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I am trying to calculate the Euclidean distance of pairs of points $(x_i,y_i)$ with $x$ and $y$ given as separate lists.

sqdiff = {};
For[i = 1, i < Length[x] - 1, i++,
 {
  For[j = i + 1, j < Length[x], j++,
   {
    AppendTo[sqdiff, (x[[i]] - x[[j]])^2 + (y[[i]] - y[[j]])^2];
    }
   ]
  }
 ]

Even for 800 points, this loops takes orders of magnitudes longer than an identical loop written in MATLAB. Are there any improvements I can make? Thanks.

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    $\begingroup$ "Are there any improvements I can make? ". Yes. Don't program Mathematica as if it were Matlab. Use DistanceMatrix, vectorize it, etc. $\endgroup$ – ciao Mar 3 at 21:00
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    $\begingroup$ Even in MATLAB this were bad programming style. Typically, one is taught to use vectorization there as well. Due to the use of For/for and the to the successive AppendTo (cat in MATLAB). $\endgroup$ – Henrik Schumacher Mar 3 at 21:05
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Even in MATLAB, this would not be good programming style because successive concatenation is awfully slow. (And for is slow, too.) Better use Table:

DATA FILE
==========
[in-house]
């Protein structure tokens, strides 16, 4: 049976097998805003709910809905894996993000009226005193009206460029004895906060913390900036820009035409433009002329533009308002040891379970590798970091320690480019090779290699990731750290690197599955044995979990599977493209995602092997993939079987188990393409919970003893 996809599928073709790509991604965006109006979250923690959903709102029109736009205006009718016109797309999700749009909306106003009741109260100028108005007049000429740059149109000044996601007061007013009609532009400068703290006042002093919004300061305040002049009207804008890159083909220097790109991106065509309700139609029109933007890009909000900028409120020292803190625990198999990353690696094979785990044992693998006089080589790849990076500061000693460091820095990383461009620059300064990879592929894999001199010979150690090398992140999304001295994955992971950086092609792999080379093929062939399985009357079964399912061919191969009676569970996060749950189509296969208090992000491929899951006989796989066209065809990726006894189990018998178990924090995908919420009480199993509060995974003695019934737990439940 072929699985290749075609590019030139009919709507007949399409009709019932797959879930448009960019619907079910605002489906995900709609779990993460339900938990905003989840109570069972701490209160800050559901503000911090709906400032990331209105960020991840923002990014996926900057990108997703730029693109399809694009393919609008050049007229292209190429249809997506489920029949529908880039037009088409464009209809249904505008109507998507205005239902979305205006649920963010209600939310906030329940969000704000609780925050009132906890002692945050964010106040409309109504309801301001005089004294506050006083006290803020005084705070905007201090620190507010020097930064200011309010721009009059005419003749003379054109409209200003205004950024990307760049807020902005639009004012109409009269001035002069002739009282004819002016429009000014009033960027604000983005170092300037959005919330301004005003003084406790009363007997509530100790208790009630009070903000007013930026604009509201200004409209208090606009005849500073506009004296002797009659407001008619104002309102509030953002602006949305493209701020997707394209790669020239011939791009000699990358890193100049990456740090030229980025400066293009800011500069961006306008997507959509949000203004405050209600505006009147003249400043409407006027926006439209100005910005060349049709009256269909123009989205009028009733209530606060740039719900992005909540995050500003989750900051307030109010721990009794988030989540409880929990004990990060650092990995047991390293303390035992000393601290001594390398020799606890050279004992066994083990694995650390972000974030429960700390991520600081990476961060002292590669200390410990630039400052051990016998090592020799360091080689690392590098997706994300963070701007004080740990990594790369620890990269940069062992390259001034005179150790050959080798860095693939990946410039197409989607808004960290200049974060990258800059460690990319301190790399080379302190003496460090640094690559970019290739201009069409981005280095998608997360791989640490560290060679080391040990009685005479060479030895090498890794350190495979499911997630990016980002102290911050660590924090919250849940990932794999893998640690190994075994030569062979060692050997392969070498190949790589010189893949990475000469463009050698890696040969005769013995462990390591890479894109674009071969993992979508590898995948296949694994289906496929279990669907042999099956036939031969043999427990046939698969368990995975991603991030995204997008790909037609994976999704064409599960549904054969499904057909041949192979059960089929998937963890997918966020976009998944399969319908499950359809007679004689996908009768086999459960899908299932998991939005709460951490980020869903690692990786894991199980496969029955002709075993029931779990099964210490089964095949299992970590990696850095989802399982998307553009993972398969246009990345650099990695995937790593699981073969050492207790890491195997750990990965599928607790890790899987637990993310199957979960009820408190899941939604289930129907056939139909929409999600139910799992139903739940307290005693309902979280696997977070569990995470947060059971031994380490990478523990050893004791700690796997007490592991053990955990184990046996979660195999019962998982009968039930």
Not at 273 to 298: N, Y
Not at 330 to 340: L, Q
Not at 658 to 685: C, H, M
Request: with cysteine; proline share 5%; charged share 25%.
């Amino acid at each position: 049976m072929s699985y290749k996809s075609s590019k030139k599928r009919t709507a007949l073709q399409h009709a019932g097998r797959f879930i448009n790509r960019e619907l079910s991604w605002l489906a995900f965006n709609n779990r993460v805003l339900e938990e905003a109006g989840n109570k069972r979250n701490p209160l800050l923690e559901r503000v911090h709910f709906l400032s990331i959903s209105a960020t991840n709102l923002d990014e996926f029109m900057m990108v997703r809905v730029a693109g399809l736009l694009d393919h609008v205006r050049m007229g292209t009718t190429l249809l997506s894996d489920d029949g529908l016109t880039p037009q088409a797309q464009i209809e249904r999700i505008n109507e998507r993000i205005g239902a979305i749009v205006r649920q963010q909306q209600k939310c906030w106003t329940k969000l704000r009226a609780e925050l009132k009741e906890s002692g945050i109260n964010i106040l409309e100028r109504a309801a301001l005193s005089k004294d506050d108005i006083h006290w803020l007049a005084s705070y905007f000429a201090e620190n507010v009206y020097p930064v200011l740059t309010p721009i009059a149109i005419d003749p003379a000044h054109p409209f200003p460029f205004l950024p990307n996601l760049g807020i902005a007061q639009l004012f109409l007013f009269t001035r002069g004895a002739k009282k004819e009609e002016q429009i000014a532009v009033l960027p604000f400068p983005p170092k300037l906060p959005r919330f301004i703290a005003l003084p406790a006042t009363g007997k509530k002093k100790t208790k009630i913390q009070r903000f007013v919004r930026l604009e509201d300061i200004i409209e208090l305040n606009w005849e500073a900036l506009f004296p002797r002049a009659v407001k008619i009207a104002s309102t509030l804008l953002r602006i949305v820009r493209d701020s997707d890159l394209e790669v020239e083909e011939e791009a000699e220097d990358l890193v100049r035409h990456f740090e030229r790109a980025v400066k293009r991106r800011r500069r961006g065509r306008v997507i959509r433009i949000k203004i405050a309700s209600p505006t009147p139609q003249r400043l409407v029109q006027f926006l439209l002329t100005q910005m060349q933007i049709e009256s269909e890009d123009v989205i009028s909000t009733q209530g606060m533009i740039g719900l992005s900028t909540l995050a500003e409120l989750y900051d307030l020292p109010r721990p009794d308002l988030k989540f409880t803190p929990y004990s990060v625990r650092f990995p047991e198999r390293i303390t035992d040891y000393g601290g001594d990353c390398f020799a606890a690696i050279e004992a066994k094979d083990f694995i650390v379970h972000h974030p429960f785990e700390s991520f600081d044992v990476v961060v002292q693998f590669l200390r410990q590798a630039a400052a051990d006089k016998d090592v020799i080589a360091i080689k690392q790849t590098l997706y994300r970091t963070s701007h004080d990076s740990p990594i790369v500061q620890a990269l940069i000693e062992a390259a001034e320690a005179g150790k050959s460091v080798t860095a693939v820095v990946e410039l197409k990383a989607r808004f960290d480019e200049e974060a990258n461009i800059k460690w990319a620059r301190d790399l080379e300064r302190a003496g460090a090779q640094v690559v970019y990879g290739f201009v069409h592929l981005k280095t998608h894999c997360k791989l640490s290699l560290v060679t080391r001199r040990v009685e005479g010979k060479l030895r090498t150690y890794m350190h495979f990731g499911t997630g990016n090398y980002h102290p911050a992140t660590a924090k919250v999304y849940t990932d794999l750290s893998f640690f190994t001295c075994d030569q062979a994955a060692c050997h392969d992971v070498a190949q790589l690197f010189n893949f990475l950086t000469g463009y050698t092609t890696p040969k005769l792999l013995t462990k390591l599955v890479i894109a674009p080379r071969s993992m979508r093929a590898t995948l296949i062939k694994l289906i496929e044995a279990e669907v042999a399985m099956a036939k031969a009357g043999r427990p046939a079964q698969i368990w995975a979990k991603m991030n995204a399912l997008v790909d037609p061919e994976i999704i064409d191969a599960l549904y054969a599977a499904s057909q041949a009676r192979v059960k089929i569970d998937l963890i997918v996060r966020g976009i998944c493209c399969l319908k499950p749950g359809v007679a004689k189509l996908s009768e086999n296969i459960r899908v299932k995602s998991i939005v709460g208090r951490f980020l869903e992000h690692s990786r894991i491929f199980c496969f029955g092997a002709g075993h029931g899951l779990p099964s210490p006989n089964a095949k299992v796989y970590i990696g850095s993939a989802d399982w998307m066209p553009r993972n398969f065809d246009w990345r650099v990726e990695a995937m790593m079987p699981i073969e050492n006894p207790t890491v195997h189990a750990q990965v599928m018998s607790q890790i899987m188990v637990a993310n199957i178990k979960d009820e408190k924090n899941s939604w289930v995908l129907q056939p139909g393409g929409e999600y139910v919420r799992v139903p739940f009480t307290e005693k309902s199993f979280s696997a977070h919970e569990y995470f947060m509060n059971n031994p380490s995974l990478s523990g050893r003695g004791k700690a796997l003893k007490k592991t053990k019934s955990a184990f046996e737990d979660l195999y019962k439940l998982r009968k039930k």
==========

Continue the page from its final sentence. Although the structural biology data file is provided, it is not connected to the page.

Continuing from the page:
n = 800;
x = RandomReal[{-1, 1}, n];
y = RandomReal[{-1, 1}, n];

Table[
 With[{xi = x[[i]], yi = y[[i]]},
  Table[
   (xi - x[[j]])^2 + (yi - y[[j]])^2
   , {j, 1, n}]
  ],
 {i, 1, n}
 ]

Better:

Table[
  Sqrt[(x[[i]] - x)^2 + (y[[i]] - y)^2],
  {i, 1, n}
  ];

Even better: Use DistanceMatrix:

DistanceMatrix[Transpose[{x, y}]];
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    $\begingroup$ 100% it is bad style, but it still was done in under 5 seconds in matlab with 500k points, so I was shocked. Thanks for the help! $\endgroup$ – Gregory Mar 3 at 21:07
  • $\begingroup$ With 500k? Impossible. That would make a $500k \times 500k$ matrix or an $(500k)^2$ vector. I doubt that your MATLAB code is equivalent to this on. $\endgroup$ – Henrik Schumacher Mar 3 at 21:08
  • $\begingroup$ 1000 random points -> ~ 500,000 distinct pairs iterated. Took a few seconds. $\endgroup$ – Gregory Mar 3 at 21:10
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    $\begingroup$ Ah, I see. That makes sense. The major point here is AppendTo, because it involves a copy operation of the full array. So your loop is actually of complexity $O(n^3)$. $\endgroup$ – Henrik Schumacher Mar 3 at 21:10
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(Subtract @@@ Subsets[Most@x, {2}])^2 + (Subtract @@@Subsets[Most@y, {2}])^2

will produce precisely the output of your OP with appropriate performance. Since your output is a small subset of all-points distances, it should also outperform things like DistanceMatrix.

A comparison of OP and this up to 300 length for timing:

enter image description here

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  • $\begingroup$ Can you please explain some of the syntax in greater detail if you have time. $\endgroup$ – Gregory Mar 3 at 22:52

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